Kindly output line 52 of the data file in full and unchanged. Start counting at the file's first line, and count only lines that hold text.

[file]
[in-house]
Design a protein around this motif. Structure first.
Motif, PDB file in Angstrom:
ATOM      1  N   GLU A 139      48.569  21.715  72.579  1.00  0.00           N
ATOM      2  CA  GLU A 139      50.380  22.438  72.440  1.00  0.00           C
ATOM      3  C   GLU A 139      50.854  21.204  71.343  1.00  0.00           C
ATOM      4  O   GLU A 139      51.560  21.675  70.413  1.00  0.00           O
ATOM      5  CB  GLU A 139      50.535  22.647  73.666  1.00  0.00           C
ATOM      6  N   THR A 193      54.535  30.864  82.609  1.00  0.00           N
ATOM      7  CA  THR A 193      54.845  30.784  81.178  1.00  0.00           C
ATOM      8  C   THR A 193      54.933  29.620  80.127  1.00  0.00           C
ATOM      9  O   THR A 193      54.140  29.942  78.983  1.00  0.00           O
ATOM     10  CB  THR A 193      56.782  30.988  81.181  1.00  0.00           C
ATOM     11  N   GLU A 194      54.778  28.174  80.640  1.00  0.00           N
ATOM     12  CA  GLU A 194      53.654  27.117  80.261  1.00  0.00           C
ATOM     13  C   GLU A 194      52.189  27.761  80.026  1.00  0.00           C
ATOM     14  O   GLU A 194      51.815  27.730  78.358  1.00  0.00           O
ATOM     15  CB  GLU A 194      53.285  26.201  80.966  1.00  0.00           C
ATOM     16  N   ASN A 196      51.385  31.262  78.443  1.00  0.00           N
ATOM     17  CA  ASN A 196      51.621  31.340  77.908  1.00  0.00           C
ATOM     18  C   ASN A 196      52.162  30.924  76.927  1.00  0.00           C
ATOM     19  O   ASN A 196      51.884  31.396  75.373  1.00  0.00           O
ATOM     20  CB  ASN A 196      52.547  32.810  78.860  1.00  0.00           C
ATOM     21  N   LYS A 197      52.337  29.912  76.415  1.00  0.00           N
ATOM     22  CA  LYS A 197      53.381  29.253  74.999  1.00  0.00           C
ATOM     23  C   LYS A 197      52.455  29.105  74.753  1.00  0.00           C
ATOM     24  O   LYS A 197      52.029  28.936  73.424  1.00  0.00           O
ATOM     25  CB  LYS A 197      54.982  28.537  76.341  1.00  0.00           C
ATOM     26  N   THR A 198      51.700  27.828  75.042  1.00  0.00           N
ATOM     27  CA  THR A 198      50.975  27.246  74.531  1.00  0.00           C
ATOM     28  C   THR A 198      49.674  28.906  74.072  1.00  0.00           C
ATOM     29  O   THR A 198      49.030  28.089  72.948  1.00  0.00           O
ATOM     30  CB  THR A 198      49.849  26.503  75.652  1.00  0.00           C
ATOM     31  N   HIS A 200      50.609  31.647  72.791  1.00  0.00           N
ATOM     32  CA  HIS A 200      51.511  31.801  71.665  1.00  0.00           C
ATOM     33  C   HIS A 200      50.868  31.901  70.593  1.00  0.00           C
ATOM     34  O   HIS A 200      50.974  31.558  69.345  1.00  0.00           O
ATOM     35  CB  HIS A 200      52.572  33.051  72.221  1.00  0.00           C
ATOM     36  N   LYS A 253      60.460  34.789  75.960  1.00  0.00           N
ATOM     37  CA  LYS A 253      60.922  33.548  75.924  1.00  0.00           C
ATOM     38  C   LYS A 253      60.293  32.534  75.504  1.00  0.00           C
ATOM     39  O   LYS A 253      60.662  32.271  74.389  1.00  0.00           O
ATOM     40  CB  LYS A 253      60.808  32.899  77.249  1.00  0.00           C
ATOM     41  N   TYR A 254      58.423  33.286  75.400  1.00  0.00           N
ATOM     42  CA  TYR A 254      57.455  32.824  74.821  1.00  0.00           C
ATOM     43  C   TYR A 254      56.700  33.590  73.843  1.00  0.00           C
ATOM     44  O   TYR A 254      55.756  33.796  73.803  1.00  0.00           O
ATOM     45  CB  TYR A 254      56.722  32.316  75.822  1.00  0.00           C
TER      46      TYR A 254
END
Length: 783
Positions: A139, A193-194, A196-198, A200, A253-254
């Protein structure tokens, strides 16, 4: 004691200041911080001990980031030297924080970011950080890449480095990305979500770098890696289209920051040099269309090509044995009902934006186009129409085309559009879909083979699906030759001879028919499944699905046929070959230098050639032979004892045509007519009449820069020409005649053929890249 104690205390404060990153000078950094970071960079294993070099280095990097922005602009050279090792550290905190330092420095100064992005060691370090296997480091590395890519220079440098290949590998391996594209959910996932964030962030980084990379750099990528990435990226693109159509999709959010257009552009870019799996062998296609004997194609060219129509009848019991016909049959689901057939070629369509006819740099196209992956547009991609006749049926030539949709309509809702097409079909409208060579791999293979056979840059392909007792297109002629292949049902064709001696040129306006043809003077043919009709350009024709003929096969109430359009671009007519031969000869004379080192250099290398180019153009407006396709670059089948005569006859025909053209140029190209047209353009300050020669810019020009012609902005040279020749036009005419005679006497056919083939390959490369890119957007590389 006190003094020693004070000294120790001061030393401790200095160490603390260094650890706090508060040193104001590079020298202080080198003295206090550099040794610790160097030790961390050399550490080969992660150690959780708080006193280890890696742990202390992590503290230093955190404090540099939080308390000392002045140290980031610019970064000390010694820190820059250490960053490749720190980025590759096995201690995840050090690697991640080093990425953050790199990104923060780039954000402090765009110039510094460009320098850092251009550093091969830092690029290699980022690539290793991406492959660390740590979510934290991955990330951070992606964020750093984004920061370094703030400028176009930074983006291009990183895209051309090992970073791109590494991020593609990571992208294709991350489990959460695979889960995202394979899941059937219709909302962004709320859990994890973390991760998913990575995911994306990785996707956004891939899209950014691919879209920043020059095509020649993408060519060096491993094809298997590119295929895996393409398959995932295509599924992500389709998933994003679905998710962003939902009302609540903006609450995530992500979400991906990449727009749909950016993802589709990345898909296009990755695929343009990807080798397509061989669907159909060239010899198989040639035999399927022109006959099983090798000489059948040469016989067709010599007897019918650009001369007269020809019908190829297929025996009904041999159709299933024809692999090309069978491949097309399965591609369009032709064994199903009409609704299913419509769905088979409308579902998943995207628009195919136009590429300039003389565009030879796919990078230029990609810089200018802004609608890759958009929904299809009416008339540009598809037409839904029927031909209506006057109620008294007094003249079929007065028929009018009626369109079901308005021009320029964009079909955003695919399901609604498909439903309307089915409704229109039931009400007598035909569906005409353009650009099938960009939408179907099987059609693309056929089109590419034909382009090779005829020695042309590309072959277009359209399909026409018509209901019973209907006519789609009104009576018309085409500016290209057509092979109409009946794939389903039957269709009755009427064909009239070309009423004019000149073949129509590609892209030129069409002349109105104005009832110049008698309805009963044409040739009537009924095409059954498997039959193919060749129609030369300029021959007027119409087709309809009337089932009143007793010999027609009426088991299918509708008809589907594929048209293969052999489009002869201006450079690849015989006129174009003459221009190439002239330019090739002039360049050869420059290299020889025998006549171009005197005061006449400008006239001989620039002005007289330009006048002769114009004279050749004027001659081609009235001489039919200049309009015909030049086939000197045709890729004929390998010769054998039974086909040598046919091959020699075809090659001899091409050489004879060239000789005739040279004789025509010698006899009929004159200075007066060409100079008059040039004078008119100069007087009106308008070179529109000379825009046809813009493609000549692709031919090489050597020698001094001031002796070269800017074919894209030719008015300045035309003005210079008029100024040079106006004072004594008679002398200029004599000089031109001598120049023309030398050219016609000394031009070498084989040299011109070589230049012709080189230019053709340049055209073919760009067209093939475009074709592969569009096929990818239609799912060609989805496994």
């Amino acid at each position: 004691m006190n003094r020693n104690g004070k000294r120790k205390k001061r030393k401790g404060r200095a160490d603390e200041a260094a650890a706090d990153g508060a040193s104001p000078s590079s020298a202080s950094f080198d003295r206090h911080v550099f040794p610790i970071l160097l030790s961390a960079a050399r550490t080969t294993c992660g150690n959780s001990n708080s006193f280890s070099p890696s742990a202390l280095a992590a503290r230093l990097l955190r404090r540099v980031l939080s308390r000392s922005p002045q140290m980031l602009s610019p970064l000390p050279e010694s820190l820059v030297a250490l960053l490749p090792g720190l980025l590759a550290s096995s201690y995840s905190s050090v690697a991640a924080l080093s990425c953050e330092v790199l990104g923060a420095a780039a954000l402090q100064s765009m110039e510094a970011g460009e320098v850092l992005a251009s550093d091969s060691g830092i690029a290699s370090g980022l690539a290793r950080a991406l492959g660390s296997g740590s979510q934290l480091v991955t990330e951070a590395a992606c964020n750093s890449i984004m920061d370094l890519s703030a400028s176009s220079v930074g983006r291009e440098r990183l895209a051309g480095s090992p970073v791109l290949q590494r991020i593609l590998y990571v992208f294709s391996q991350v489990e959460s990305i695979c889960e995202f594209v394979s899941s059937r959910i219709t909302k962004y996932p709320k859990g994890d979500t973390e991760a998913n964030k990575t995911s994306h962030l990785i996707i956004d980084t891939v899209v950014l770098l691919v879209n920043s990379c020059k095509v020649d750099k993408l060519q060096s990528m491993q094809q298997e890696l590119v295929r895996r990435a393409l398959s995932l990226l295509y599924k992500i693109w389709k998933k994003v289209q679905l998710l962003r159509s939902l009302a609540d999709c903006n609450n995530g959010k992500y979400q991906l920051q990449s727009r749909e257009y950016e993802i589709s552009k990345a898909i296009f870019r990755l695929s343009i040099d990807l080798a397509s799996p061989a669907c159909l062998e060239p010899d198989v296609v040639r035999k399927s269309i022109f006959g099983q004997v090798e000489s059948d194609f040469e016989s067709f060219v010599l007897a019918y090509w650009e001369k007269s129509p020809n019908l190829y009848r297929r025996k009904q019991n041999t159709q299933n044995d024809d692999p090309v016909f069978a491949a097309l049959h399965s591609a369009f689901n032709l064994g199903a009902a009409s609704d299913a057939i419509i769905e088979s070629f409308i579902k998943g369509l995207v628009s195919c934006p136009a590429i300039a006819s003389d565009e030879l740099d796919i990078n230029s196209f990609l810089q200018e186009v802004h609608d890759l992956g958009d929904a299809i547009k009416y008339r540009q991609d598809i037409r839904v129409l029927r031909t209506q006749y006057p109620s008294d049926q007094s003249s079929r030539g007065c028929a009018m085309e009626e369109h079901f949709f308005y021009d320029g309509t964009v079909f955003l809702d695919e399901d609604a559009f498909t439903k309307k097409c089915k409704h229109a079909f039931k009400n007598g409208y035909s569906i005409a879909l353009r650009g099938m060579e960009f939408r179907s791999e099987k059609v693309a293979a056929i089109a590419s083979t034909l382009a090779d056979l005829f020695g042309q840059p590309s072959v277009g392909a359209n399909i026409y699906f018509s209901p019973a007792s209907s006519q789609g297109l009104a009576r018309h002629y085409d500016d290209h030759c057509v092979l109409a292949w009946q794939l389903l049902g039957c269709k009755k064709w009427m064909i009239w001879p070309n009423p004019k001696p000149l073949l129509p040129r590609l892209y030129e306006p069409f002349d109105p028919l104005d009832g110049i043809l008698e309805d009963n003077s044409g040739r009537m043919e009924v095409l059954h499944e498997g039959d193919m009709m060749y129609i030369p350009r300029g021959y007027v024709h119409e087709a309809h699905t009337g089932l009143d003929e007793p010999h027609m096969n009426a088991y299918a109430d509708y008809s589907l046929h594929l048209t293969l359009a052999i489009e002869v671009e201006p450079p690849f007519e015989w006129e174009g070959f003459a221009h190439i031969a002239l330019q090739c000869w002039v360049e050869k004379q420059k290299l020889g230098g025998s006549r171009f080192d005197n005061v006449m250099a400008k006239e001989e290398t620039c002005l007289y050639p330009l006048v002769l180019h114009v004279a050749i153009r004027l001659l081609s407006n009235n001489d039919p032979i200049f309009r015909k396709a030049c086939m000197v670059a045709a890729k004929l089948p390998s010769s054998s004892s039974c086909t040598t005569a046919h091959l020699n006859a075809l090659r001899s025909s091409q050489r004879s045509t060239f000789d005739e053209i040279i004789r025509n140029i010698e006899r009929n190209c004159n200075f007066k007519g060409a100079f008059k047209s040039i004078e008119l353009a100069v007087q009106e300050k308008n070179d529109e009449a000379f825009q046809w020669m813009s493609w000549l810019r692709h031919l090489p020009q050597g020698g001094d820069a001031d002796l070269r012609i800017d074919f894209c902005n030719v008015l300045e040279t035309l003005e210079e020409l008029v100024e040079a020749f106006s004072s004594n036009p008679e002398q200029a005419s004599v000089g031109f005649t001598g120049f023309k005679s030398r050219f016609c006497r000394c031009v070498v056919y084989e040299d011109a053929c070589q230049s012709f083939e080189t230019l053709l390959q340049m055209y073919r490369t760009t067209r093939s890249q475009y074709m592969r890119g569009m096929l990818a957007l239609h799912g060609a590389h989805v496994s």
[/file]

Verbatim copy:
Positions: A139, A193-194, A196-198, A200, A253-254